Monday Oct 16, 2017
Do Disease-of-the-Month Campaigns Lead to Overscreening?
It's hard to miss the fact that October is Breast Cancer Awareness Month. The White House was lit pink on Oct. 1. Athletes are donning pink gear, and pink ribbon promotional products range from magnets and soap to candy bars and soda pop.
But no one has brought more recent attention to breast cancer than actress Julia Louis-Dreyfus. The Veep star revealed Sept. 28 (less than two weeks after winning her eighth Emmy award) that she has been diagnosed with the disease. That highly publicized announcement may leave more women wondering whether they should be screened this month.
I have a love-hate relationship with Breast Cancer Awareness Month -- and really, any disease-of-the-month. September is Prostate Cancer Awareness Month. November is Pancreatic Cancer Awareness Month. March undefinedis Colon Cancer Awareness Month. And so on.
The emphasis tends to be on general testing for these diseases (which may or may not affect mortality) without any mention of tailoring screening to appropriate groups.
The barrage of Breast Cancer Awareness messages I've seen are mammogram-centric, such as "Early detection is the best protection." But is it?
Study after study has shown that we've historically overstated the benefits of breast cancer screening, especially in the wrong population. Evidence indicates that mammograms decrease the chance that a 50-year-old woman will die from breast cancer in the next 10 years from 0.53 percent to 0.46 percent(www.bmj.com), a decrease of 0.07 percent.
Meanwhile, disease-of-the-month awareness campaigns avoid wading into the nuances of who should be screened and fail to explain the risks of too much testing. Unfortunately, this leads to false-positives and overtreatment.
In fact, half of the women who have annual mammograms will have a false-positive(www.cancer.org) result, with the highest rate among those ages 40-49.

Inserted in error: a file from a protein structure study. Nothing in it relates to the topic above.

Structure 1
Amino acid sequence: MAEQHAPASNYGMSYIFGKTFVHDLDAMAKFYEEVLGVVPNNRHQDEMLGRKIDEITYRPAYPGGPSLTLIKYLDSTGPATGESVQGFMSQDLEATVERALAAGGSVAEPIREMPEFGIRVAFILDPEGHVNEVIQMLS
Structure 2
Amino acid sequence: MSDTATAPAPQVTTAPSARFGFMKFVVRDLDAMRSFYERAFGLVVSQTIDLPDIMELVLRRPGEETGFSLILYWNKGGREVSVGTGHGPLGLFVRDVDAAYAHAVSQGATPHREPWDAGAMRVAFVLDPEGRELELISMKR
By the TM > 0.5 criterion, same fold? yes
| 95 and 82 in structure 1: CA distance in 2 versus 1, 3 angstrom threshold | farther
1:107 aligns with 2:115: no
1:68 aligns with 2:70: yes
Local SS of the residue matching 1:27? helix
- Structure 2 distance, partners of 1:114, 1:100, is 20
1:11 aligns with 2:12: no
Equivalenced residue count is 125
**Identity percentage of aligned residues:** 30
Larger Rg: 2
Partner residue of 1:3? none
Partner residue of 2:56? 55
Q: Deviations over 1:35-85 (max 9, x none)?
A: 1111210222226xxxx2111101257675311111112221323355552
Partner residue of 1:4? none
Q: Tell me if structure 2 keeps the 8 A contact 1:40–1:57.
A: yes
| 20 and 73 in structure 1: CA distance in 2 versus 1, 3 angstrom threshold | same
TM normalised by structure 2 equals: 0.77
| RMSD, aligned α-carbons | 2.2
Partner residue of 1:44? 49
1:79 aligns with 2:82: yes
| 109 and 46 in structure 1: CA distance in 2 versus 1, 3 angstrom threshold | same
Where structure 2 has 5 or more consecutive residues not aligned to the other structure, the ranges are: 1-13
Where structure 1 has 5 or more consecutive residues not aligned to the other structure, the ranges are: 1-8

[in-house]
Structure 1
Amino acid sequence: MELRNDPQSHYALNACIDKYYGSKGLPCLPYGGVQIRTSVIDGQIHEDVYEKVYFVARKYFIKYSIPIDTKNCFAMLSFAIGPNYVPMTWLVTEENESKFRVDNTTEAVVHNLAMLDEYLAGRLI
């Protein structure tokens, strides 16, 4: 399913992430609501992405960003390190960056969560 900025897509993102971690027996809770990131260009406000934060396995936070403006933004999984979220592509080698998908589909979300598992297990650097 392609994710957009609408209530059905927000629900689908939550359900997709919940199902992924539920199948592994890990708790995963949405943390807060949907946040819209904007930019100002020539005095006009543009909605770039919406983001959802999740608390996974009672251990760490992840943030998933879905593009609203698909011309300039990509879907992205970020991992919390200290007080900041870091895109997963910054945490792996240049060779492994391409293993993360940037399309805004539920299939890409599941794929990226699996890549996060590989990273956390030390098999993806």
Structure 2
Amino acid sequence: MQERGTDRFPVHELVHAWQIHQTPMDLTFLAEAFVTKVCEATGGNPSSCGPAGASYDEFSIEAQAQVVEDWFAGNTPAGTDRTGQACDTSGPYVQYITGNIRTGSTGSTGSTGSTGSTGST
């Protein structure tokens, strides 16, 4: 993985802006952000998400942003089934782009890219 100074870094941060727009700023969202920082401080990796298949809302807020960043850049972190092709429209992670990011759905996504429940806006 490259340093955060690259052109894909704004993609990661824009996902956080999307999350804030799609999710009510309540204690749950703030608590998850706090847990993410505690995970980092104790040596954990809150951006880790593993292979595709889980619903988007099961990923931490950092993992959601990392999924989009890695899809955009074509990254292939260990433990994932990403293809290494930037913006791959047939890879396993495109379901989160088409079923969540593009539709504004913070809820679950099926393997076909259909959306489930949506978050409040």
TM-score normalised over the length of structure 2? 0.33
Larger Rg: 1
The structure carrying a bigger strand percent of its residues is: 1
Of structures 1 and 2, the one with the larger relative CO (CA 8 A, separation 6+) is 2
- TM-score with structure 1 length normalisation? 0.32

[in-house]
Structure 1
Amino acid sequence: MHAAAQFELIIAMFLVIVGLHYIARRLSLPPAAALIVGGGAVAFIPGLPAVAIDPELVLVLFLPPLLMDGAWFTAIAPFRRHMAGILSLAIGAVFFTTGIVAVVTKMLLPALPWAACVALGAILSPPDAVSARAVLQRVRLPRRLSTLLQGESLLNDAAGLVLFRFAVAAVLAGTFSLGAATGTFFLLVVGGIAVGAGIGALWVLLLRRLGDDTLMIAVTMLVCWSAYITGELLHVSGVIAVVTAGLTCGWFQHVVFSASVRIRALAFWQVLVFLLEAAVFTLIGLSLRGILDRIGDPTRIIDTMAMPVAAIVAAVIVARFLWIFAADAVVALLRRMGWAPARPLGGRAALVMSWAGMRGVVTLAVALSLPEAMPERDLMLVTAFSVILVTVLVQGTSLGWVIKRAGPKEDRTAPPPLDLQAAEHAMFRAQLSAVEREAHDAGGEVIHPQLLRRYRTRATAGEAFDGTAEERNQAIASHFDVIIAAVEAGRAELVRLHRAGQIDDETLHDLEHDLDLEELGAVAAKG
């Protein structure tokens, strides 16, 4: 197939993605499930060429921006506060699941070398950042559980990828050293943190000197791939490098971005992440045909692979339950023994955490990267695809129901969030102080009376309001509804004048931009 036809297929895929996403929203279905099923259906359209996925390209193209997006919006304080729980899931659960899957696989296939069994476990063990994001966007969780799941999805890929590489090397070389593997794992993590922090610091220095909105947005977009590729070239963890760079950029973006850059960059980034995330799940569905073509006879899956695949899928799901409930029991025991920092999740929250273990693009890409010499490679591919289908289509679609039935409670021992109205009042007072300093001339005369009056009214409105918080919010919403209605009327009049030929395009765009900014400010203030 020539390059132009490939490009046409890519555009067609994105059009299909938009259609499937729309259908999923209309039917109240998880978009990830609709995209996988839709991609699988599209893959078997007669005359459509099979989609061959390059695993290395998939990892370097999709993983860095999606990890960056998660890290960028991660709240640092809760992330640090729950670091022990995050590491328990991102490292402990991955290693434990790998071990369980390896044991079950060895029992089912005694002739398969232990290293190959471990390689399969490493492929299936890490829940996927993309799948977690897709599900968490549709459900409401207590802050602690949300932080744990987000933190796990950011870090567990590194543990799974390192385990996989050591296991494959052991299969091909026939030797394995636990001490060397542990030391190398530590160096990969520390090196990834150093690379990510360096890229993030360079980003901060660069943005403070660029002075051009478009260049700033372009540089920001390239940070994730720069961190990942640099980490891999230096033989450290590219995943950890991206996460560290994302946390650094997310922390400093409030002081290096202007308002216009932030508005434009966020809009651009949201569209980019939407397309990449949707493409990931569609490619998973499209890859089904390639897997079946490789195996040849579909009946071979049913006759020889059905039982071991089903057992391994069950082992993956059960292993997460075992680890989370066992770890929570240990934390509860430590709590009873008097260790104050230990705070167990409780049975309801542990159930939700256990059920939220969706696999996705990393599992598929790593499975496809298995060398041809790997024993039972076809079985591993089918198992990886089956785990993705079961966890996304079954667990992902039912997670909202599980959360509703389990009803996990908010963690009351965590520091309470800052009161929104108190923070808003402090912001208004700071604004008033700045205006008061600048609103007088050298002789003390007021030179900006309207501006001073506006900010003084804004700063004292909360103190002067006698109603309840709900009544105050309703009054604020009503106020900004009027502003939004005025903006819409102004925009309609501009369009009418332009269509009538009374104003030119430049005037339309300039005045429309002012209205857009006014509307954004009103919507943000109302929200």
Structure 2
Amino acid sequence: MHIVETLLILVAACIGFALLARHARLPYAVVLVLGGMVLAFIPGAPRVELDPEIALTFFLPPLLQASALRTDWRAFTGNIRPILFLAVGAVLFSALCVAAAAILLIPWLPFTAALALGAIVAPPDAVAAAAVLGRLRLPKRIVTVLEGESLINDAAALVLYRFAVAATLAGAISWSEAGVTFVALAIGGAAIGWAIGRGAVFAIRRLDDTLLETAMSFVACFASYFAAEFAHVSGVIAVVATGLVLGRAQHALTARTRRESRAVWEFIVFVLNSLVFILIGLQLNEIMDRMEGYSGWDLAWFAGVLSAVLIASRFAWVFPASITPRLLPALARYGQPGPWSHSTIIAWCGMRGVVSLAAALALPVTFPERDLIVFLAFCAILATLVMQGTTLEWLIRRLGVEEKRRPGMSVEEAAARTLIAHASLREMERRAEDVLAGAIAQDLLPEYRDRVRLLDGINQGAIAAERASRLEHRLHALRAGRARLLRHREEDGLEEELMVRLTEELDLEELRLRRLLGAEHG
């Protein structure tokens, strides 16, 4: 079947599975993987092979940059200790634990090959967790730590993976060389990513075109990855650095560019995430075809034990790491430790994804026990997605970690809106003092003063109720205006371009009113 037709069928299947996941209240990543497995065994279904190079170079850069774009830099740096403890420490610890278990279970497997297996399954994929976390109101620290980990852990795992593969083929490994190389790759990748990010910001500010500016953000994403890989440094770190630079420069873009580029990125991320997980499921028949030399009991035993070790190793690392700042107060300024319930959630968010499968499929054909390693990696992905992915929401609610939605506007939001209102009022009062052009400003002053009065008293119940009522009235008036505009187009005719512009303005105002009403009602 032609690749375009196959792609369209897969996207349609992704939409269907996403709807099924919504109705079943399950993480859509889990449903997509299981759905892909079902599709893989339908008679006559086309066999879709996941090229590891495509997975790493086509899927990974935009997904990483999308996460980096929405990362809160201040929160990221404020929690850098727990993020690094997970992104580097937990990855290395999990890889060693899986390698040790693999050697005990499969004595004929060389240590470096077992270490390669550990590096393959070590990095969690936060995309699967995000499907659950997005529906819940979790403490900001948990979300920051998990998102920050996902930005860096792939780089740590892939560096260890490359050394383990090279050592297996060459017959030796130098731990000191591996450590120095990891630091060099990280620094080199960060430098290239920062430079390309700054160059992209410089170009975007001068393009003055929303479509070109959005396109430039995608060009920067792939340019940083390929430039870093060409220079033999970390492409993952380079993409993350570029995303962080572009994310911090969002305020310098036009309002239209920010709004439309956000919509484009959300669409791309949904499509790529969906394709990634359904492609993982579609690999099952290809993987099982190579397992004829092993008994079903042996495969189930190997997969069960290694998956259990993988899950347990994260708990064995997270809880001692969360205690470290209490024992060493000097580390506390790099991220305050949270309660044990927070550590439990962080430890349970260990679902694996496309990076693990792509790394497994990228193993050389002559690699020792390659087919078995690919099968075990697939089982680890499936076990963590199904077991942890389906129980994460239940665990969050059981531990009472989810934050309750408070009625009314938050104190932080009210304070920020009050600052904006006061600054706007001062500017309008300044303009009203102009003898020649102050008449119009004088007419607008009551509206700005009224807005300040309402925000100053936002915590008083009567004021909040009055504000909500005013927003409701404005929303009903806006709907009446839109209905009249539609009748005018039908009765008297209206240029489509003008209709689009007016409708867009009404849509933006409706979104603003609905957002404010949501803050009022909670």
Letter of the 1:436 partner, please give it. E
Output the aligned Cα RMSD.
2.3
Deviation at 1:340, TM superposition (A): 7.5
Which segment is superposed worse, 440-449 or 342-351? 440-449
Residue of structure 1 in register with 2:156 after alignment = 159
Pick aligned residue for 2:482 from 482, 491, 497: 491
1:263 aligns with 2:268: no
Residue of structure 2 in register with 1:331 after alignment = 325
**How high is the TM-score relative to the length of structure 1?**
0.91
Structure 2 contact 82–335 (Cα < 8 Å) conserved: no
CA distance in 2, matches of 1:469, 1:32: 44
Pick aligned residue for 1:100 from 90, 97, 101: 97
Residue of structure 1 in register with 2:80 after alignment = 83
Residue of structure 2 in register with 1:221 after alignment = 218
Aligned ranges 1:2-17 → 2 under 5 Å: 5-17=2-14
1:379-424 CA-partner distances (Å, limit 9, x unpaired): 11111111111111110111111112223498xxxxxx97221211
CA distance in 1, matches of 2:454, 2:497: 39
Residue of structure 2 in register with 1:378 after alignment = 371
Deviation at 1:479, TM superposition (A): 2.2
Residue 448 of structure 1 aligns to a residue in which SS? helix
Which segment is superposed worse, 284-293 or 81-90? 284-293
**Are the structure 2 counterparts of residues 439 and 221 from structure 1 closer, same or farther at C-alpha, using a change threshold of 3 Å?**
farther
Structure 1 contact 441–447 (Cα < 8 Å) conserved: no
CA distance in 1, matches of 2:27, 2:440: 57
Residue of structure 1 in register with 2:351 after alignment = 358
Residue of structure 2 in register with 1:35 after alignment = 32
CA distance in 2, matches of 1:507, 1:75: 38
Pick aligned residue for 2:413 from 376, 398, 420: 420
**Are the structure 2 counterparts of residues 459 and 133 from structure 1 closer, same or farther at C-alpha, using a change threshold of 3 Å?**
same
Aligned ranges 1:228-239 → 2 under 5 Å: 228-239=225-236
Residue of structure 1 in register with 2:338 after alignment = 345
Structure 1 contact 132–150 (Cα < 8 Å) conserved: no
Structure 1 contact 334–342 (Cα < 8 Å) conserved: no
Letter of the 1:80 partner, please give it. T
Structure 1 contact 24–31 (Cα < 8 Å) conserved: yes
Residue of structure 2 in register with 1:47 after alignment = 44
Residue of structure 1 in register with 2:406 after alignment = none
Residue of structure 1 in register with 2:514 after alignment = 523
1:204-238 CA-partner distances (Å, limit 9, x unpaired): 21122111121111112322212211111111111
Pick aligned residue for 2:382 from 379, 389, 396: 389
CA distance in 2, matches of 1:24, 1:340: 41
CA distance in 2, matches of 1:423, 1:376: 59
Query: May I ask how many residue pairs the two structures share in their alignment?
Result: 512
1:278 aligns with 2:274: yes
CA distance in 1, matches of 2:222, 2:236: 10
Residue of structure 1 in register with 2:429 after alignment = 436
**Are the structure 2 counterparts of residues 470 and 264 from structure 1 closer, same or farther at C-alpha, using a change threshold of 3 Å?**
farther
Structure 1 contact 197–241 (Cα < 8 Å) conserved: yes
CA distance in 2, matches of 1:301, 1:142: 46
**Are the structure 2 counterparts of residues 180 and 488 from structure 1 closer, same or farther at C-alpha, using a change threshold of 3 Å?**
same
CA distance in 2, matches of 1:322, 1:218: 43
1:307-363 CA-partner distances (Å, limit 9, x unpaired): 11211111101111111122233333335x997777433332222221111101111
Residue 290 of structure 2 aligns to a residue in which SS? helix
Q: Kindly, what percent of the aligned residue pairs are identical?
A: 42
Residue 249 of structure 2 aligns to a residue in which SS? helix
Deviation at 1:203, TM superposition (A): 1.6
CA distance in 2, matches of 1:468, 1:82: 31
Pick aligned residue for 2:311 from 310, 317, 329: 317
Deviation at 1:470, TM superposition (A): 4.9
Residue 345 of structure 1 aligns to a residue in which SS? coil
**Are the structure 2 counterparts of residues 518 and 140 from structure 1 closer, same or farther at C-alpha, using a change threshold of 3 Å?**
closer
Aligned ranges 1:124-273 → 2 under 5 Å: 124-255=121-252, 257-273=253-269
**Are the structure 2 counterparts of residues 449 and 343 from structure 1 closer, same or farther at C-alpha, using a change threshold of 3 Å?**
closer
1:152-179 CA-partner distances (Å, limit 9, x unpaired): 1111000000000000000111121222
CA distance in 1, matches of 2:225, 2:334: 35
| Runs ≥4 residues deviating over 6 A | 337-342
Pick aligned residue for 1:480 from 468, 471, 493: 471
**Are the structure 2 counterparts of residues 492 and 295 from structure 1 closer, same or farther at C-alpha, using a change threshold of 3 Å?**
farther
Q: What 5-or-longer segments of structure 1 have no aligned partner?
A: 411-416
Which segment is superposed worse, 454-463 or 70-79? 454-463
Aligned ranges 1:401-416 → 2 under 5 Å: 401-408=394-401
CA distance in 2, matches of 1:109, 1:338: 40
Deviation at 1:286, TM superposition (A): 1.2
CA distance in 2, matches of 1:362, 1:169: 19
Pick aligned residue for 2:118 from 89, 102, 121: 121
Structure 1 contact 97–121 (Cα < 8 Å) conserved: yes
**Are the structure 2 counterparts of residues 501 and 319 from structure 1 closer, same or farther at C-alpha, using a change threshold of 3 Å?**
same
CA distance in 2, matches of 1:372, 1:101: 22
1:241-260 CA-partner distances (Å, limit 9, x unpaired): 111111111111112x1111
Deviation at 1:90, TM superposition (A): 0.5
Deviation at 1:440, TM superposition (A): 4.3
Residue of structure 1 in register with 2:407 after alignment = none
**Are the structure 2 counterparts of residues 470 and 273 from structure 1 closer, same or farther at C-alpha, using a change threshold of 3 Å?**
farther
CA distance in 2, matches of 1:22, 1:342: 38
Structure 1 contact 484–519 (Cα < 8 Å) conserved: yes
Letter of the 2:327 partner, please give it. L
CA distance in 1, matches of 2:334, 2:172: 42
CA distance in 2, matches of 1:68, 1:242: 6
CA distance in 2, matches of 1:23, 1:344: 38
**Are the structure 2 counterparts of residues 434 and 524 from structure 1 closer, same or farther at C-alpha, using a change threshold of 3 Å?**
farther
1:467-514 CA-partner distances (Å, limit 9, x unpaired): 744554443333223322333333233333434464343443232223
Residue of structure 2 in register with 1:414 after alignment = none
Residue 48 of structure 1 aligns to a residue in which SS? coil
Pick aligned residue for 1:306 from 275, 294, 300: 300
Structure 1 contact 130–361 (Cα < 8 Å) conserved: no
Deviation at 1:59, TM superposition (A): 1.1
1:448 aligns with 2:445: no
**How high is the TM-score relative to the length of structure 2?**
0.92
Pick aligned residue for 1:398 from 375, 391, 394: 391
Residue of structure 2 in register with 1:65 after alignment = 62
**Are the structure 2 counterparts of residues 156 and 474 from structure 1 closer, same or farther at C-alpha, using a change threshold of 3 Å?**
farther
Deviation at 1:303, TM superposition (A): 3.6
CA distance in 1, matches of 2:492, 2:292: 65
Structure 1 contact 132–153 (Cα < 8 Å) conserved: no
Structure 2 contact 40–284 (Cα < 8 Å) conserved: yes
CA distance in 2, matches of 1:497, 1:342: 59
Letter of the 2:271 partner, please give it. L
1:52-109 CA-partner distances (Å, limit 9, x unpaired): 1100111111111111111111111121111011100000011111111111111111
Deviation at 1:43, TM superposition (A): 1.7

Additionally, although mortality rates have improved since the widespread use of mammograms began, the benefit may be due to advances in treatment rather than detection.
The stats on prostate cancer tell an even bleaker tale. Among men who underwent biopsy after receiving a positive prostate-specific antigen (PSA) result, more than three-fourths(www.nejm.org) were found to have false-positive results.
And detection of thyroid cancer since 1975 has tripled(www.livescience.com), but deaths from thyroid cancer are not improving.
It's worth noting that the AAFP recommends against PSA-based screening for prostate cancer, and the Academy recommends against screening for thyroid cancer in asymptomatic adults.
Whenever the issue of overtesting and overdiagnosis comes up, there will invariably be a fervent counterargument: "Isn't every single life worth saving?" "Isn't it worth all the false-positives to save one life?"
It's a moral quandary with no easy answer. Rather, that answer takes a discussion of the evidence with patients and shared decision-making.
I'm still torn regarding the disease awareness months. A percentage of revenue from promotional products supports research funding. And that sort of public awareness of a women's health issue, in particular, is refreshing given that attention to women's health issues historically has been notoriously underfunded.
But perhaps a more appropriate campaign would be a Prevention of (insert health concern here) Awareness Month. In the case of breast cancer, we should devote our efforts to maximizing the benefits of screening while minimizing the potential harms. We should focus on evidence-based medicine and prevention.
Rather than focus on testing, a better message would be to remind patients that the best ways to prevent many diseases still center around the basics: healthy eating, exercise, no smoking and avoiding excess alcohol use.
Natasha Bhuyan, M.D., is a board-certified family physician in Phoenix. You can follow her on Twitter @NatashaBhuyan(twitter.com).
Posted at 05:00PM Oct 16, 2017 by Natasha Bhuyan, M.D.